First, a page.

Marketing translations are a highly specialist area of work. All translation needs the correct strategy. A marketing text can easily sound stodgy and contrived if not undertaken by a marketing expert. Our starting point is understanding your brand. If you have existing translations or other marketing collateral, it is always useful as reference material for our translators. Wherever possible we will match previous work.
Marketing translations are highly subjective, and normally not very literal to the original. The aim is to produce an equivalent effect in the target audience to that intended with the original audience. This may sound straightforward to marketers, but there are many cultural and linguistic influences which can interfere.
Culture and marketing
Many examples exist of companies crashing and burning on the international stage by not considering culture. For example does your ecommerce website sell white wedding dresses in China? Not a good idea, as the Chinese wear red at weddings. Style and colour preferences can be very different from one culture to another.
Style and tone
Many businesses have brand guidelines. These may include stylistic issues, as well as tone of voice. Are your tone of voice guidelines based on English? Or do they also allow for cultural and value differences from country to country? Your relaxed, informal UK tone, may not appeal to a very traditional culture.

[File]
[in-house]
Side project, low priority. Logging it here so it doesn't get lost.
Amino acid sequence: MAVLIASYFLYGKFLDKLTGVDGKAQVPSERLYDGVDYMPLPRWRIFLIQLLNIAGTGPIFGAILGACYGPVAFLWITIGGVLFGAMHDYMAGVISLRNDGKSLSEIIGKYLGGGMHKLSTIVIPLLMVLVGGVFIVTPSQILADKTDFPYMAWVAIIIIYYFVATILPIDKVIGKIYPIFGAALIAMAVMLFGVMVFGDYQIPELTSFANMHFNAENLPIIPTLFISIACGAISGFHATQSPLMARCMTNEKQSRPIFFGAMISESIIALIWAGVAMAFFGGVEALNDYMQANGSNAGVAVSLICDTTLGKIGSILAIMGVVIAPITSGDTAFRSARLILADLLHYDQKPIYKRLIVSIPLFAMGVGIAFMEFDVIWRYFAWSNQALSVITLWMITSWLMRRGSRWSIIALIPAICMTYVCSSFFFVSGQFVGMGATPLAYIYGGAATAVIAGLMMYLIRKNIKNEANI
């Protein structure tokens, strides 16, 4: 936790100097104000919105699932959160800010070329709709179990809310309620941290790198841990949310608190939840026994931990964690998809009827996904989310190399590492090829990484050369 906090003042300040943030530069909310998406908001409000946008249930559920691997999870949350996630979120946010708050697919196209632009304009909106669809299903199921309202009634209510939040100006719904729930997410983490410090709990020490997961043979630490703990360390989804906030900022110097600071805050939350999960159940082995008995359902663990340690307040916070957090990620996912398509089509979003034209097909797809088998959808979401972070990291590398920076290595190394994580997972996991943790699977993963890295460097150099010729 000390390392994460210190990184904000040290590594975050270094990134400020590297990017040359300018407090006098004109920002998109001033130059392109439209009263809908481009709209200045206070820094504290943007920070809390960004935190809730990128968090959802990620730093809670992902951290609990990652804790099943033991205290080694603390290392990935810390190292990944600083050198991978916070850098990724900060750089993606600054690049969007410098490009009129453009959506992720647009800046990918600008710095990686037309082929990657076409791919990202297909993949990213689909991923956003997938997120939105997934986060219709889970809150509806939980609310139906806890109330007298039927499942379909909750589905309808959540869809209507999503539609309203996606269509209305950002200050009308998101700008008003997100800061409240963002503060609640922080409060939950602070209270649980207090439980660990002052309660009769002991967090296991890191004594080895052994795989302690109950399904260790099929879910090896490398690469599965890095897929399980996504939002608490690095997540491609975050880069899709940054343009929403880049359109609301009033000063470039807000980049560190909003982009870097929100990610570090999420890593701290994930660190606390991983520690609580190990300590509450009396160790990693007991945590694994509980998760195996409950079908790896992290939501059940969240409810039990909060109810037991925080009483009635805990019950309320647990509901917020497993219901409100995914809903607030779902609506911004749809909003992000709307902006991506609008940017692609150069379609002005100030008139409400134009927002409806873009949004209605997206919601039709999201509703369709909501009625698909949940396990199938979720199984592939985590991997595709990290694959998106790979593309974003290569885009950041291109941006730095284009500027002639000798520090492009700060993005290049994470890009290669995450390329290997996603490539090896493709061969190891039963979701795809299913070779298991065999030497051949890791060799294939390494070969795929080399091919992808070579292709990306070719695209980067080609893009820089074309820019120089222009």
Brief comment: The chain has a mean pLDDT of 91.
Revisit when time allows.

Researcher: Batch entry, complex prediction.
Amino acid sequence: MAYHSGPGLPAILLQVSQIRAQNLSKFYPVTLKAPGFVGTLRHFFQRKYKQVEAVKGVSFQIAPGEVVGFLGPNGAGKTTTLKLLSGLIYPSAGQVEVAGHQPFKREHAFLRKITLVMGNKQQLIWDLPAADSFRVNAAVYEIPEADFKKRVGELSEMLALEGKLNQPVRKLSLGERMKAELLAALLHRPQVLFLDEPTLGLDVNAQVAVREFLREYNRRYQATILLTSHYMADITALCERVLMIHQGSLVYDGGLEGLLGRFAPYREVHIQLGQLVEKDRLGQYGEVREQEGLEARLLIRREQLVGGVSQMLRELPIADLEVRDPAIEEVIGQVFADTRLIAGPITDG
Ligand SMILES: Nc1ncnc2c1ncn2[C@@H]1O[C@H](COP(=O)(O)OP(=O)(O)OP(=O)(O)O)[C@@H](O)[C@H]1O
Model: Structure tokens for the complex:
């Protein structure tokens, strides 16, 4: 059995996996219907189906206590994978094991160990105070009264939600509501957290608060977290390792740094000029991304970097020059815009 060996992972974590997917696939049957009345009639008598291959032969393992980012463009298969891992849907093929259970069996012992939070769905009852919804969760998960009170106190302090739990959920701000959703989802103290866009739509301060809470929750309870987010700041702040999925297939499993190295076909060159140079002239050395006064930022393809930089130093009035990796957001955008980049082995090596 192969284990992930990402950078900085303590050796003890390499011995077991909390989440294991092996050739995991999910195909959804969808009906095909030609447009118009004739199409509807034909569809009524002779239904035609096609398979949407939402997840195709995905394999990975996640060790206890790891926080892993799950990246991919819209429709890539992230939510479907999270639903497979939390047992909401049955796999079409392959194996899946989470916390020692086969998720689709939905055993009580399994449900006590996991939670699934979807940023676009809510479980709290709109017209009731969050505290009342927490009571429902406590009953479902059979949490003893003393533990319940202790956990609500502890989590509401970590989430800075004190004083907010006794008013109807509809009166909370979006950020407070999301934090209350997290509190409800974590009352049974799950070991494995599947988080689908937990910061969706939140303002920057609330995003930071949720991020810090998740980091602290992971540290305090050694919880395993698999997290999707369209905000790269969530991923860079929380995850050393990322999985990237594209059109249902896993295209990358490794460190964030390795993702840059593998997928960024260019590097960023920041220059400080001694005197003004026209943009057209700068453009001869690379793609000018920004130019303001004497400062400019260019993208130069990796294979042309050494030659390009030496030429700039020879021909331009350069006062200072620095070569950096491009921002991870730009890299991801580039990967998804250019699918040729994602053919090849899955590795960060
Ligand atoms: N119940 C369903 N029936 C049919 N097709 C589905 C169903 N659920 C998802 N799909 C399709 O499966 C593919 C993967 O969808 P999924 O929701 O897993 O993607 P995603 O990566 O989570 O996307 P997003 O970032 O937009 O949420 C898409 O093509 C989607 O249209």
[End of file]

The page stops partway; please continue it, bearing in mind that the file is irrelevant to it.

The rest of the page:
Germany generally uses quite formal forms of address, using titles and surnames, which are viewed as a mark of respect. German also capitalises many common nouns, so your lower case headings will look badly written to a German audience.
Japan has many variants of common job titles such as “manager”, as Japanese society is very hierarchical, choosing the right word, is important. Get it wrong, and you may not be showing appropriate respect. Translators make these kinds of decisions every time they work with any text, but this is especially true of marketing.
Marketing translations – use of humour and idiom
Marketing teams often spend hours or days over significant phrases like straplines. Use of humour or idiom, when done well, can be very powerful. In translation however, humour and idiom, are two of the hardest things to achieve. Firstly, there is the impact of culture. For example, Brits and Americans often laugh at different things, even though they share the same language. Why is that? Culture and situation affect humour.
With different languages, situational comedy may work, but plays on words almost certainly won’t. This is because if you have a duel meaning in the source language, the target language needs to have the same duel meaning. This is rarely the case.
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